Archive for Monday, December 3, 2001

Forgotten photos offer glimpse of history

December 3, 2001


— When he was a boy, Matthias Peschke's mother often told him stories about his grandfather, Ferdinand Schmutzer, a well-known and much sought-after artist in the early 20th century and a member of Viennese high society.

Because he heard the stories so often, and because Schmutzer's etched portraits of Freud and Einstein hung on the walls of their house, Peschke saw nothing special in the photographs. For more than 70 years, photos and negatives of Einstein and Freud remained tucked away in the Peschke home, stored in an unused room.

About a year ago, while renovating his grandfather's old studio, Peschke took four of Schmutzer's old cameras including a wooden field model made in 1896 to a camera shop for repair. The ancient cameras aroused the curiosity of the shop owner, Peter Coeln, who asked to see Peschke's 400 vintage Schmutzer prints.

"I was really astonished. I thought it was unbelievable," Coeln said.

The result is an exhibit, "Unknown Photographic Work," which opens Friday at WestLicht, Coeln's Vienna gallery. The show runs through Feb. 24.

Besides Freud and Einstein, Schmutzer photographed prominent artists, musicians and art patrons, including writer Arthur Schnitzler, composer Richard Strauss and cellist Pablo Casals. The artist also etched official portraits of the last German emperor, William II, and the last Austrian emperor, Karl I.

According to Anna Auer, who curated the show, Schmutzer, who died in 1928, took the photos and then used them as models for his etchings his artistic specialty. "The etchings were always the end product he had in mind," she said.

"This is the secret of the portraits," said Coeln. "Because people were posing for what would later be an etching, they came across as natural and relaxed."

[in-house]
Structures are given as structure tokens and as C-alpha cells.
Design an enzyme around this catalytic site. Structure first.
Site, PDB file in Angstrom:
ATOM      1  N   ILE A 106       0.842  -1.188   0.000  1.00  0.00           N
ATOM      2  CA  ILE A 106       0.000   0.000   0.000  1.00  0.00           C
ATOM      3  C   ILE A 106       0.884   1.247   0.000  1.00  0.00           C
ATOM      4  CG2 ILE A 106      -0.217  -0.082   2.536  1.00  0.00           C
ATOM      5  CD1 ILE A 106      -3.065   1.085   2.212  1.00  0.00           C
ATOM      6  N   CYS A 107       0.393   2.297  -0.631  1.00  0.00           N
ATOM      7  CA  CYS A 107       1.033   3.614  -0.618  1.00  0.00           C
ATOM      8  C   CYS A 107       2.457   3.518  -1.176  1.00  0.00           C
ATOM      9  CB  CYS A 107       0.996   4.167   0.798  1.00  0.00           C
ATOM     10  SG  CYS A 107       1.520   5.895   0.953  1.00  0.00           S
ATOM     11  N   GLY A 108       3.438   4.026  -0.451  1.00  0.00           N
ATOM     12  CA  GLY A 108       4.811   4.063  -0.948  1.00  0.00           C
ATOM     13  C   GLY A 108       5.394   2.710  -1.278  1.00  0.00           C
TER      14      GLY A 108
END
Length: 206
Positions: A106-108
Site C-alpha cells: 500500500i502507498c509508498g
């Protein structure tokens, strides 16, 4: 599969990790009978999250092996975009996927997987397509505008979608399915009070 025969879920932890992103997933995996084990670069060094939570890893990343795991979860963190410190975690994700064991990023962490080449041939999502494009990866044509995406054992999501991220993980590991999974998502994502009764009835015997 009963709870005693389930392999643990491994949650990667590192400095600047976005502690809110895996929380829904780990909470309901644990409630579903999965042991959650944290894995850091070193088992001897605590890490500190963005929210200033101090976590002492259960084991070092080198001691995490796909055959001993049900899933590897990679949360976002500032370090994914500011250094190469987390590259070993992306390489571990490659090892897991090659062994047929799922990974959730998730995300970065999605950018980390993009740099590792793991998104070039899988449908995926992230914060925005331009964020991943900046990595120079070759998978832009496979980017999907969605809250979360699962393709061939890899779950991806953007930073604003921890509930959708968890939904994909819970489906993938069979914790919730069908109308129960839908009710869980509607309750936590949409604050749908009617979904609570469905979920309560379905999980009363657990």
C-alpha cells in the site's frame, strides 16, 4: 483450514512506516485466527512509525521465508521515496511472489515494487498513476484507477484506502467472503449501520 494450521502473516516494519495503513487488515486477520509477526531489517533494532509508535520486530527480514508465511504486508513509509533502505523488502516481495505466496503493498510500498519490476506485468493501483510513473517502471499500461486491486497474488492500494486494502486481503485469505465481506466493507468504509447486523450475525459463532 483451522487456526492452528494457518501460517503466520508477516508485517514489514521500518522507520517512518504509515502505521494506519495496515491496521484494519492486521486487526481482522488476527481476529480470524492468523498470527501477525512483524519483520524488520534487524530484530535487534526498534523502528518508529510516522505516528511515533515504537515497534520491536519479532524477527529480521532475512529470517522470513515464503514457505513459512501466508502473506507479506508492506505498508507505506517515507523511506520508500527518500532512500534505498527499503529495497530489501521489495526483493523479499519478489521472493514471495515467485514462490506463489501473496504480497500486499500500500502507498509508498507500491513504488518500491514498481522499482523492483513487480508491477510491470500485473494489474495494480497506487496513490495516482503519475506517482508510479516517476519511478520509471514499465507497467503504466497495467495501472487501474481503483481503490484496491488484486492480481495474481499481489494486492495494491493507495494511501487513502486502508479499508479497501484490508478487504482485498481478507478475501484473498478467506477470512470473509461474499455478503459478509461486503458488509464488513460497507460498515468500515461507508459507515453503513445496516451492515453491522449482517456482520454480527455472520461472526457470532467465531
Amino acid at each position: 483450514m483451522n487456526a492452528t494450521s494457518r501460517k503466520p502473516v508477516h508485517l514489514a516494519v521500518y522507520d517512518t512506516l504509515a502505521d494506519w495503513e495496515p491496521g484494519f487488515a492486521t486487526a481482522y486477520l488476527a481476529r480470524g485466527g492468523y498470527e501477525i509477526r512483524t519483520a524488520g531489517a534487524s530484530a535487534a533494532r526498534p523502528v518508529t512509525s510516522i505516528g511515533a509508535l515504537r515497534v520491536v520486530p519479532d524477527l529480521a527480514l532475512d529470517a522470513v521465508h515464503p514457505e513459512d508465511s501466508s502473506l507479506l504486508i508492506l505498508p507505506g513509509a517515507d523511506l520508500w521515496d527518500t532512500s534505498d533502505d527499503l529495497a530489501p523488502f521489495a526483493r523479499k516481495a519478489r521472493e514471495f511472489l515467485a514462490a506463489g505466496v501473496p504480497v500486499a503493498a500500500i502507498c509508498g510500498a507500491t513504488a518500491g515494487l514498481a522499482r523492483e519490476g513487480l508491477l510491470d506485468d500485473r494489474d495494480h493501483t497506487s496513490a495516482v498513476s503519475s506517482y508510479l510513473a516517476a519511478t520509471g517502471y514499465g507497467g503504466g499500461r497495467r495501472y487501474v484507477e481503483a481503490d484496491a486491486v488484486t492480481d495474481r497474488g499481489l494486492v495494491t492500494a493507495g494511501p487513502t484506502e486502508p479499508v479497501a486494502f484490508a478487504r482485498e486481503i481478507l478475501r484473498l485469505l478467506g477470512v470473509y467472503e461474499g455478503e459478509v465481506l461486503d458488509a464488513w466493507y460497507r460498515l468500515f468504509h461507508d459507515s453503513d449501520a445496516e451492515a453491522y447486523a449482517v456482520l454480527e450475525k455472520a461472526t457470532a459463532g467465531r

The collection, which includes 15 never before displayed photos of the camera-shy Freud, has both artistic and historical value, Coeln said. "Freud hated to be photographed, and there are only about 100 photos of him in existence," he said.

For Auer, though, a series of photos and etchings of Einstein form the "heart" of the exhibition. She praised Schmutzer for capturing Einstein's cheerful and relaxed nature in the pictures, which were taken in 1921 when Einstein was briefly in Vienna giving lectures.

In 1926, Freud wrote to Schmutzer to thank him for the portrait, which is exhibited next to several of his photos. "I would like to thank you for the effort you made in reproducing my unappealing face and to repeat my assurance that only now do I feel preserved for posterity," Freud wrote.

Although there are no immediate plans to put the collection on tour, Peschke said he hopes the pictures can be shown next in New York or London, where there are many descendants of Austrians who fled during the Nazi occupation.

Because many leading members of Viennese society at the turn of the century were Jews who were either killed or forced to leave the country, the photographs are also a painful reminder of a lost world, Peschke said.

"The children of Jews who were forced to leave Vienna can see their roots in these pictures," he said.

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